friday, 3 july of 2015

GE’s Divestiture Plans Hit Hurdles

The Justice Department sued to block General Electric Co.’s planned $3.3 billion sale of its appliance business to Electrolux AB, leaving the company with marquee deals in regulatory limbo on two continents.

On Thursday, GE executives will meet with European authorities behind closed doors in Brussels to address issues around the company’s $17 billion acquisition of Alstom SA’s energy businesses. The pressure from regulators is complicating GE’s efforts to radically overhaul its portfolio and focus on its most promising industrial operations.

U.S. antitrust enforcers are taking a hard look at deals that would combine top companies in the same industry. In recent days a judge sided with the Federal Trade Commission and blocked Sysco Corp’s $3.5 billion acquisition of rival US Foods Inc., prompting Sysco to walk away from the plan. And in April, Comcast Corp. abandoned its $45 billion pursuit of Time Warner Cable Inc. amid objections from regulators.

GE’s appliance deal was meant to shed a low-margin, slow-growing business to Electrolux, a Swedish maker of washing machines, dryers, vacuum cleaners, and other appliances. But the Justice Department in a suit filed Wednesday said the deal would stifle competition for certain “white goods,” particularly stove tops, ranges and ovens.

GE and Electrolux said they would “vigorously” defend the deal.

For GE Chief Executive Jeff Immelt, the antitrust troubles could jeopardize some of his biggest moves to shift the company back to its industrial heritage, a central pillar of his legacy after almost 14 years at the helm. GE is expanding its high-tech infrastructure businesses such as power turbines and jet engines and selling off the majority of its giant financial services business that has powered GE’s profits for a generation.

The company’s exit from financial services remains on track. This week, it hit a target of selling more than $20 billion of financial assets by the end of June. Since announcing in April plans to sell the bulk of its financing business, GE has struck deals valued at $23 billion.

But in public comments, Mr. Immelt and other GE executives have bemoaned the slow pace of regulators, especially in Europe.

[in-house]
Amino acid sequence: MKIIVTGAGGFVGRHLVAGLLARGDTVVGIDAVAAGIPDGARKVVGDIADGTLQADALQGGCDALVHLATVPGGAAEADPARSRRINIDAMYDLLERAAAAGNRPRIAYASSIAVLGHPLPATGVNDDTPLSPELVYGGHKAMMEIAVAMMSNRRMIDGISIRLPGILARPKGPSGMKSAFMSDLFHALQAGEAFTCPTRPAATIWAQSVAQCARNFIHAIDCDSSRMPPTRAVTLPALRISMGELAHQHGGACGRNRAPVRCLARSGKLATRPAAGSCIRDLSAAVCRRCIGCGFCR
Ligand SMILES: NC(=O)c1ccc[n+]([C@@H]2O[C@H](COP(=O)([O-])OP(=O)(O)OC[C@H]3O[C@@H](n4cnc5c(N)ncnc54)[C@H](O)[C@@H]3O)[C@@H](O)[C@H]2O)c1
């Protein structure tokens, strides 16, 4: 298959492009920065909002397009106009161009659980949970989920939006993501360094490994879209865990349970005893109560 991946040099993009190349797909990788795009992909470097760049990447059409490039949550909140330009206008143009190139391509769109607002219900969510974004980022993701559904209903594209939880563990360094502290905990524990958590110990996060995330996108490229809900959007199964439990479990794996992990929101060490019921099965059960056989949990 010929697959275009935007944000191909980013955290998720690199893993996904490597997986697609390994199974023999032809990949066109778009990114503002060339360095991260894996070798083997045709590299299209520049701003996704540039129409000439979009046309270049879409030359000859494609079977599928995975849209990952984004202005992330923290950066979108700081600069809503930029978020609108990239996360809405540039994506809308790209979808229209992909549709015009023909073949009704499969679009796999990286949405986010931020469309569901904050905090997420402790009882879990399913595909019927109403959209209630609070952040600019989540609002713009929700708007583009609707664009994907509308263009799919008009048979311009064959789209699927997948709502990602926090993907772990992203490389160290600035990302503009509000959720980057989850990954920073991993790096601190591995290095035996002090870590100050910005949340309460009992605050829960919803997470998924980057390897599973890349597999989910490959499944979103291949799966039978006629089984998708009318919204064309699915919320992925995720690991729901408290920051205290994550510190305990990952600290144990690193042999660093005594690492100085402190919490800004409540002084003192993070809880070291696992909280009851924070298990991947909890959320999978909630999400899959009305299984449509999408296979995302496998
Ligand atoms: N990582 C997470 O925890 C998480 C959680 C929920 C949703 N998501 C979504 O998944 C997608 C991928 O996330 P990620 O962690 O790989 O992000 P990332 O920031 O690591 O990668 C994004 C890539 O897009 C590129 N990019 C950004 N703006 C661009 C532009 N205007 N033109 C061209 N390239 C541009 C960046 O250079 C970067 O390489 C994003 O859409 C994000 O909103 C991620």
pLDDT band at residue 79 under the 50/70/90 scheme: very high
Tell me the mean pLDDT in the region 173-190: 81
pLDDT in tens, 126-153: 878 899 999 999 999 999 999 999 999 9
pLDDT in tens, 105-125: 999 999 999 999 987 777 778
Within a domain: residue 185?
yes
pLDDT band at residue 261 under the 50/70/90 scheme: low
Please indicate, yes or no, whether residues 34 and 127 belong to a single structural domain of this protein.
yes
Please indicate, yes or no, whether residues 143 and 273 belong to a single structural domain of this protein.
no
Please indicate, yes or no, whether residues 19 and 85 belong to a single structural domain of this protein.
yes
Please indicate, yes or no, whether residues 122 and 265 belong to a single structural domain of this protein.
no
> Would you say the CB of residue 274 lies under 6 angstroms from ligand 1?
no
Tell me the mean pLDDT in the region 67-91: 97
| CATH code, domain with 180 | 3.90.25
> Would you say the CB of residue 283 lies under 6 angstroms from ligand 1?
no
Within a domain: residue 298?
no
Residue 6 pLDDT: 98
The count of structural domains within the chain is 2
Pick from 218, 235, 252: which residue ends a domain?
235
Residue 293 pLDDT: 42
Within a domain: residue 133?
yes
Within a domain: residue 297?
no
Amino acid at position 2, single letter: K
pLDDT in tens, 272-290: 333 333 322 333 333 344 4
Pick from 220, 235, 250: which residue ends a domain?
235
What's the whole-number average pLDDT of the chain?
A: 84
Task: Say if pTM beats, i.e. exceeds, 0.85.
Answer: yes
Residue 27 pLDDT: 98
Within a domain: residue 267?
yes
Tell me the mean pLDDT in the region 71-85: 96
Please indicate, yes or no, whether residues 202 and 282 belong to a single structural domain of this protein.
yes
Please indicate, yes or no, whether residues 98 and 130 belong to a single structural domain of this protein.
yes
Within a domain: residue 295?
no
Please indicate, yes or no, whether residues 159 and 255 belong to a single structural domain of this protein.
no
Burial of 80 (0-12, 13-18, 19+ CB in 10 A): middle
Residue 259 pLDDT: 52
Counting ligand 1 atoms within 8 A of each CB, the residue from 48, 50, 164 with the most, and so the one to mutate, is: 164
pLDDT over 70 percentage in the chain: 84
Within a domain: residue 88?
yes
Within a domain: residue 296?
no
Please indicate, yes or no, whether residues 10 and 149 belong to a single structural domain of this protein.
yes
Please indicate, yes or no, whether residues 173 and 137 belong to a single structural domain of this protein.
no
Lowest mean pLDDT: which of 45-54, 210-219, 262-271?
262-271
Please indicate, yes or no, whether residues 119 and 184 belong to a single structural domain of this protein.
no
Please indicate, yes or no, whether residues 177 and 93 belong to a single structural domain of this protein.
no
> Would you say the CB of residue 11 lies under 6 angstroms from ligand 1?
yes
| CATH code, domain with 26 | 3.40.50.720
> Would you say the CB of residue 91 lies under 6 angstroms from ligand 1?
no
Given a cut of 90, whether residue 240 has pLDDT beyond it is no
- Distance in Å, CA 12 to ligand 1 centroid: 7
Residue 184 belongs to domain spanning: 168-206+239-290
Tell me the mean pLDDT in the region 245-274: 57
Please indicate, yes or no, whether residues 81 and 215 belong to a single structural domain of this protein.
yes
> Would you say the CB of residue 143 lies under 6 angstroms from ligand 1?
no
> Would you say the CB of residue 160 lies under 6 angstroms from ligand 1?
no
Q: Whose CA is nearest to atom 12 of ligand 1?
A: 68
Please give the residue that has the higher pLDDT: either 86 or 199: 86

Mr. Immelt has blamed a protracted EU review of the Alstom deal for hurting the French company’s finances, and others at GE say they worry about brain drain at Alstom if employees leave amid the uncertainty.

“I’m still confident we’re going to get [the Alstom deal] through,” Mr. Immelt said during a recent appearance on PBS’ “ Charlie Rose.” “But again, it’s all part of the fact that regulation has changed. It is much tougher to get things done anywhere in the world.”

The Justice Department filed a 15-page legal complaint challenging the Electrolux deal, saying the acquisition would likely lead to “less competition, higher prices and fewer options for millions of Americans who buy major cooking appliances each year.”

The complaint focuses on the effect that a GE-Electrolux deal would likely have on the sale of cooking appliances like ranges and wall-mounted ovens to “contract channel” customers like home-building companies, property managers and hotels.

Only appliance makers with a wide array of products can meaningfully compete for those customers, the lawsuit alleges, and the Electrolux purchase would leave only one other major competitor in the market, Whirlpool Corp. The three companies currently account for more than 90% of sales of major cooking appliances to contract purchasers, the suit alleges.

The proposed deal would put an end to what had been an aggressive competition between GE and Electrolux for the business of homebuilders and property managers. “Rather than continuing to compete for contract channel sales, Electrolux now seeks to obtain General Electric’s huge piece of the pie by buying it,” the lawsuit alleges.

Electrolux disagrees with the Justice Department’s characterization. It said the acquisition would increase competition and give consumers greater product choices at a wider range of competitive prices. It hopes to double the size of its U.S. operations by completing the GE deal, keeping pace with aggressive rivals like Samsung Electronics Co. and LG Electronics Inc., Chief Executive Keith McLoughlin said in an interview. “The competitive landscape has changed over the last 10 to 15 years,” Mr. McLoughlin said. “Now there’s a handful of key global competitors using scale and leverage to penetrate various markets around the world. So absolutely the game has changed.”

Electrolux has engaged in settlement discussions with the Justice Department for several months, but those talks haven’t been successful so far, according to Joe Sims, a Washington antitrust lawyer representing the company. Electrolux remains open to negotiating reasonable fixes to reach an accord, Mr. Sims said, but is willing to go to trial. Electrolux said it still expects the deal to close by year-end.

On GE’s Alstom deal, European Commission regulators have raised concerns about the transaction, saying it would reduce from three to two the number of major players selling heavy-duty gas turbines in Europe.

GE has said it is willing to accept some concessions to make the Alstom deal work, including possibly selling off some intellectual property it receives from Alstom. But Mr. Immelt has drawn the line at giving up any of the service revenue GE hopes to rake in from Alstom’s existing installed base of turbines, the large machines at the heart of gas- and coal-fired power plants.

Lately GE has warned it is prepared to walk away from the Alstom deal if regulators demand concessions it deems too costly.

(Published by The Wall Street Journal - July 1, 2015)

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